When I worked on “Breaking Bad,” I had just come off directing my feature “Stander” about a South African bank robber who is also the chief of Police. Vince called me and said that I had this tone that would apply to the show he was trying to make. So that was a very relaxing feeling that I could work within my wheelhouse.
What people forget about working on the first season of a show, the series is not a hit yet. We might not know if something will work, so you’re helping to develop the style of the series. Vince is the greatest cheerleader because he will allow the best in you to come out.
AF: One of my favorite things about “Magic Man” visually is how we begin with the Gene story in black and white before it shifting to color for the prequel story. How did you approach this storytelling technique considering it occurs within the same episode?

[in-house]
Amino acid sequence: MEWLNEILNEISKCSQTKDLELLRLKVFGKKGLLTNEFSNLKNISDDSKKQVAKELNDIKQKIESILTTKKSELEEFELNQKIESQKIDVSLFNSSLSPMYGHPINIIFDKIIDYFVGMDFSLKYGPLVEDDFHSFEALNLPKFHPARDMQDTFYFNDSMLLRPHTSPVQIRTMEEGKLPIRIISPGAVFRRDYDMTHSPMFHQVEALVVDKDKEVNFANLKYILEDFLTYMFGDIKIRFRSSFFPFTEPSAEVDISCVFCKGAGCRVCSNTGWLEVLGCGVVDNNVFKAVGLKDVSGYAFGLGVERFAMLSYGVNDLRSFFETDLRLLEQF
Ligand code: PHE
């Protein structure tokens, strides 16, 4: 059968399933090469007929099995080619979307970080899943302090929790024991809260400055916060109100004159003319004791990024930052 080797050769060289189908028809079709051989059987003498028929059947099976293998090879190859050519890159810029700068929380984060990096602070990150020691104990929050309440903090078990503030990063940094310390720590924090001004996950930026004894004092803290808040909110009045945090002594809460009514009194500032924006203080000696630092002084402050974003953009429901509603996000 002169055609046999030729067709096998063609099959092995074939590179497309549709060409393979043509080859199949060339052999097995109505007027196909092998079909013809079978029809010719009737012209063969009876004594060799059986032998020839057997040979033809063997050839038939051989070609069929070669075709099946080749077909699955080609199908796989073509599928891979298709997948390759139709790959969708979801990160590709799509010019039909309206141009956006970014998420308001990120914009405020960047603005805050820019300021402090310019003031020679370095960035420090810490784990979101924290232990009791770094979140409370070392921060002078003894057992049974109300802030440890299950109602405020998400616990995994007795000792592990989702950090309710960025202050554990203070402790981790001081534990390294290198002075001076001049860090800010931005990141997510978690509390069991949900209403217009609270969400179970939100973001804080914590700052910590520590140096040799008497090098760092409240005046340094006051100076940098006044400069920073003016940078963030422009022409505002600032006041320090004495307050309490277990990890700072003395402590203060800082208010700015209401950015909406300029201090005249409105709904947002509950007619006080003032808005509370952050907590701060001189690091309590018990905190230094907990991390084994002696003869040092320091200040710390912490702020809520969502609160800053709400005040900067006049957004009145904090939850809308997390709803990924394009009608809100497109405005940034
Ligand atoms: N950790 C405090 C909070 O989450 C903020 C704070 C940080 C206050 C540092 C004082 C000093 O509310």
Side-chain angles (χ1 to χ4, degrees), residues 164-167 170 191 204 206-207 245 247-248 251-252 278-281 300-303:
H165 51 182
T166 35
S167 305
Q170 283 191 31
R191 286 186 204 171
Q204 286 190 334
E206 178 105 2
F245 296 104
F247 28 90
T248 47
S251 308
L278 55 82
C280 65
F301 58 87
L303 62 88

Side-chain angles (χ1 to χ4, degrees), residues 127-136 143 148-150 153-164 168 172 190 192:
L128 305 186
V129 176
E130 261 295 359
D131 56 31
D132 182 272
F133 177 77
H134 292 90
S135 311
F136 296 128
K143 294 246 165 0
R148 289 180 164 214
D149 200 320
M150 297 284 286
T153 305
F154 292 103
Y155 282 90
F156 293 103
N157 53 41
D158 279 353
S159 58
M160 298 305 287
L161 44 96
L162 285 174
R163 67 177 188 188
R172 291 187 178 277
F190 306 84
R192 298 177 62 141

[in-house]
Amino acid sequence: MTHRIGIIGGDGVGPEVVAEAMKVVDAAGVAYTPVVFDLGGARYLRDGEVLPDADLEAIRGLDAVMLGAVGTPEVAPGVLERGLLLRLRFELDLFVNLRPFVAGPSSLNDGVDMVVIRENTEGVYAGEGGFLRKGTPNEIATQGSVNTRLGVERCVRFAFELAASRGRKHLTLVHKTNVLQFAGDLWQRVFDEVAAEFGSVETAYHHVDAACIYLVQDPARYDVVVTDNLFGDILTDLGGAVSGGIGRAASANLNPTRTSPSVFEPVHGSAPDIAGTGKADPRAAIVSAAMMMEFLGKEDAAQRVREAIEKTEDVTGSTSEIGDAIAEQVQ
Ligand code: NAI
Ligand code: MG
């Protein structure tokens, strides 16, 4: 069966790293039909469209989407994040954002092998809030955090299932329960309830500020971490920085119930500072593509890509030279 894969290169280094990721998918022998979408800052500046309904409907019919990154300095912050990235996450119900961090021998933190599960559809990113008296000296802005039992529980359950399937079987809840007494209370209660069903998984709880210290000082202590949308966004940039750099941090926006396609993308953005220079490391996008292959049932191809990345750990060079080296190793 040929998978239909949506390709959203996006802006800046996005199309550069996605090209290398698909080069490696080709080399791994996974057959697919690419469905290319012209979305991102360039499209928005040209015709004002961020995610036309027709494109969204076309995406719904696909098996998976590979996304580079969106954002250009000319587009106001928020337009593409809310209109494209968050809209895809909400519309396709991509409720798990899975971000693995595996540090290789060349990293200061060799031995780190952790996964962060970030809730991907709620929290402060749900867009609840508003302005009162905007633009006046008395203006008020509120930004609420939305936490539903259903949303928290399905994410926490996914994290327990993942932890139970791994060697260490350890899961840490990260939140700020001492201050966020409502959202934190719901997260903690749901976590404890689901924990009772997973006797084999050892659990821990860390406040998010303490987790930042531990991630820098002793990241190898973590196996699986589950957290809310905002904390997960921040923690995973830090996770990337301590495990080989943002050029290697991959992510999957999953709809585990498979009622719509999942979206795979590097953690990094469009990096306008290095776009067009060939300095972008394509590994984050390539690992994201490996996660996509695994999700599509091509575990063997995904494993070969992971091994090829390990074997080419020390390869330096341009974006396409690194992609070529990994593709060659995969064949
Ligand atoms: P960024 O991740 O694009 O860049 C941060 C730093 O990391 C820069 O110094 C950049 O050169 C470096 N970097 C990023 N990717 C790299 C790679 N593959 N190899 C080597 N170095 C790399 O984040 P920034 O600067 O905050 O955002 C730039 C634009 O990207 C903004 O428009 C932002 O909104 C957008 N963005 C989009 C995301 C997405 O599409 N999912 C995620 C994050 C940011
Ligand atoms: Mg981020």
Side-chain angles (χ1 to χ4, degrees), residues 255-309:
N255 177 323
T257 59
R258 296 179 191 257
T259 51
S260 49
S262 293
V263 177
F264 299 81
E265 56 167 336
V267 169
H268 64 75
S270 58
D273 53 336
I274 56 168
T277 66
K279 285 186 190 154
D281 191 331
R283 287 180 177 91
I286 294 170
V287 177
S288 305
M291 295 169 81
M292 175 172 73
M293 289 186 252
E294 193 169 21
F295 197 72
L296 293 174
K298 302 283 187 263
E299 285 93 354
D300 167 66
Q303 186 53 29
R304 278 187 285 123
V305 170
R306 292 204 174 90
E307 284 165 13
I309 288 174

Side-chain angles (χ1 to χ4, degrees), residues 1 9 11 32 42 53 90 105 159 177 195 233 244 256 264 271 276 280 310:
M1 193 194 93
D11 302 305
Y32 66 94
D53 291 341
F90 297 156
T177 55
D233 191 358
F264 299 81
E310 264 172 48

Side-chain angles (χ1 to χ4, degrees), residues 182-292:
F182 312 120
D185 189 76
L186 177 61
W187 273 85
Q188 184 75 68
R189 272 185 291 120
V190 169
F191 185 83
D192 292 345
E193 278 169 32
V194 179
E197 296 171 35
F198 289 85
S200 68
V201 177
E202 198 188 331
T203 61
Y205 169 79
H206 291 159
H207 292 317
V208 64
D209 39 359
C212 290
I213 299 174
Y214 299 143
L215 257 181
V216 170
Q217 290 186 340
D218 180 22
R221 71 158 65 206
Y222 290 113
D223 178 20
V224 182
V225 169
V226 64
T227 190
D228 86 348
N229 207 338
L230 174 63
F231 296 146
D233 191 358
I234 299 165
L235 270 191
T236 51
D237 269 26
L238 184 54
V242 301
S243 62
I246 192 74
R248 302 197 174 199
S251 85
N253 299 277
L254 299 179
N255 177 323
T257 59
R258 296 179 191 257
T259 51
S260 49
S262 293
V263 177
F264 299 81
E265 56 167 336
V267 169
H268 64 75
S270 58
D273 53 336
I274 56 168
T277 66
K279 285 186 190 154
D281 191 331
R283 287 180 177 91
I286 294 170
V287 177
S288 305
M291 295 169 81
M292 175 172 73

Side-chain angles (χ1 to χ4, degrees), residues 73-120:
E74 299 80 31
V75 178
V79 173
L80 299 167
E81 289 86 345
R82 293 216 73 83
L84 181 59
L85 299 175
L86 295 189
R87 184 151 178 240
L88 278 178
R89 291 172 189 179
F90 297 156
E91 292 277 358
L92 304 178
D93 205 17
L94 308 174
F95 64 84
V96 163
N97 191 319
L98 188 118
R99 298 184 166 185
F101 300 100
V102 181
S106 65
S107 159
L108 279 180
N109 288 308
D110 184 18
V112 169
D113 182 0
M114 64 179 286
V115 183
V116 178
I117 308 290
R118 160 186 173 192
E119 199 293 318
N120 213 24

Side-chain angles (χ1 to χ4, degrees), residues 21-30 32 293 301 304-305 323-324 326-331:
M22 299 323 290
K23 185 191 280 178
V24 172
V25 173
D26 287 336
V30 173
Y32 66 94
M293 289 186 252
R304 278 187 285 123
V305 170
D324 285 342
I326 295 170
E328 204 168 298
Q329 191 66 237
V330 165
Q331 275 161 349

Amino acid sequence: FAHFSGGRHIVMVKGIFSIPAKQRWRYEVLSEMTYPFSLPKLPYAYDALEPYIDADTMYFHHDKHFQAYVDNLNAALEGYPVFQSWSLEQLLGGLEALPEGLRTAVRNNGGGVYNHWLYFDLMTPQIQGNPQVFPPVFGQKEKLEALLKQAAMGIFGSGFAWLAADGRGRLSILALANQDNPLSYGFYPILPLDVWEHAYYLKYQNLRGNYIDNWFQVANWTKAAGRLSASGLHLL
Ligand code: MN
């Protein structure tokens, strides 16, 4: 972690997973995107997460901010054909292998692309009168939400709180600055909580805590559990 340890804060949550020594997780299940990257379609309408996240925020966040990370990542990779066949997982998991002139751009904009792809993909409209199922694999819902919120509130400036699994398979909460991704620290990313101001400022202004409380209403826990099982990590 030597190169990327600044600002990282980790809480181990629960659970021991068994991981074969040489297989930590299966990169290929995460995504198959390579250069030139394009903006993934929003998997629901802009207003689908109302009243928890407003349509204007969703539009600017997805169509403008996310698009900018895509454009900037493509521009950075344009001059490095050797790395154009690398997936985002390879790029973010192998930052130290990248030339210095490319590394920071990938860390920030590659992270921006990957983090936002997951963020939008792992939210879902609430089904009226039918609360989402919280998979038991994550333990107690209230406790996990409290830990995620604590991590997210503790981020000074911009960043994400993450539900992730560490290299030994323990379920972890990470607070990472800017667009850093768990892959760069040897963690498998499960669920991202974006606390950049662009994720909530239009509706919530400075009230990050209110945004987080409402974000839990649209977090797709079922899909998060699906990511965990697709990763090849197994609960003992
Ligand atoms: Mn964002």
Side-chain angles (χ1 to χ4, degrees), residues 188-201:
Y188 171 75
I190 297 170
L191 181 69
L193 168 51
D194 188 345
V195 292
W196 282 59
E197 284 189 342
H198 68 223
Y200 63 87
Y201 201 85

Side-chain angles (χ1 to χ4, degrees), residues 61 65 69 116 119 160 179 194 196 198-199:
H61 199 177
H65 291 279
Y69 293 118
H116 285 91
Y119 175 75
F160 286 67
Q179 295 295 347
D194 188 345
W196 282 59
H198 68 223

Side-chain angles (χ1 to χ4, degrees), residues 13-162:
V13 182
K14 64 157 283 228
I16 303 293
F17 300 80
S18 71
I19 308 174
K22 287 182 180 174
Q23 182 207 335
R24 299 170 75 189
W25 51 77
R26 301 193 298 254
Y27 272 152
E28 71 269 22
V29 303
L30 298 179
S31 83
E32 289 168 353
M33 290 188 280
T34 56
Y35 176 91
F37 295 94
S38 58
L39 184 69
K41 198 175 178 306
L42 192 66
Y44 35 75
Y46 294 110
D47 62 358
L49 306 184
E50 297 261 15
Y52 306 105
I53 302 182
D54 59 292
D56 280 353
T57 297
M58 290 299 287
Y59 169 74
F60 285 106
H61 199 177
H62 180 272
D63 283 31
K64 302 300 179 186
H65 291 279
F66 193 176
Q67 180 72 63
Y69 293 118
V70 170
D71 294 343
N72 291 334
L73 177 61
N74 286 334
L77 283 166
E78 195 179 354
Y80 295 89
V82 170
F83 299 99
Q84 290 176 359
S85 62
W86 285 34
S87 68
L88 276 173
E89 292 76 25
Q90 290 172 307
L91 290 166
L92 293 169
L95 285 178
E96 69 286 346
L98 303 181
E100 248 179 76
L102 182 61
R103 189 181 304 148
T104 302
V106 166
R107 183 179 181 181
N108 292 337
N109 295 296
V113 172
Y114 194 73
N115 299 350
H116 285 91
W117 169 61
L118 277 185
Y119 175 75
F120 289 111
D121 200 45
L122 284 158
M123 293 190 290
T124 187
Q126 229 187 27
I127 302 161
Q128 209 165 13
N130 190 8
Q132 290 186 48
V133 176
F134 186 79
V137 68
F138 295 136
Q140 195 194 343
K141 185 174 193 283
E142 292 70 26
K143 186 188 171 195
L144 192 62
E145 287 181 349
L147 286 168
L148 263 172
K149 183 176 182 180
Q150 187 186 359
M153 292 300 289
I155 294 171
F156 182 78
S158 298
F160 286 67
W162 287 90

BH: Well I love the Gene Tackovich stories, and I can’t wait to see how they wrap up. I believe the Gene stories are delicious because they’re about the paranoia of nothingness. Everything, from the screenplay to the cinematography and sound design, is all based around the idea that something could happen. This could be the moment where it all comes crumbling down. If you compose the shots correctly, you leave the audience in a state where they do not know whether the person who just looked at Gene did so with recognition or just a passing glance. That kind of language is specific to Gene’s storyline.
AF: You can tell throughout “Magic Man” Gene has become incredibly paranoid. It culminates at that moment that he’s finally recognized.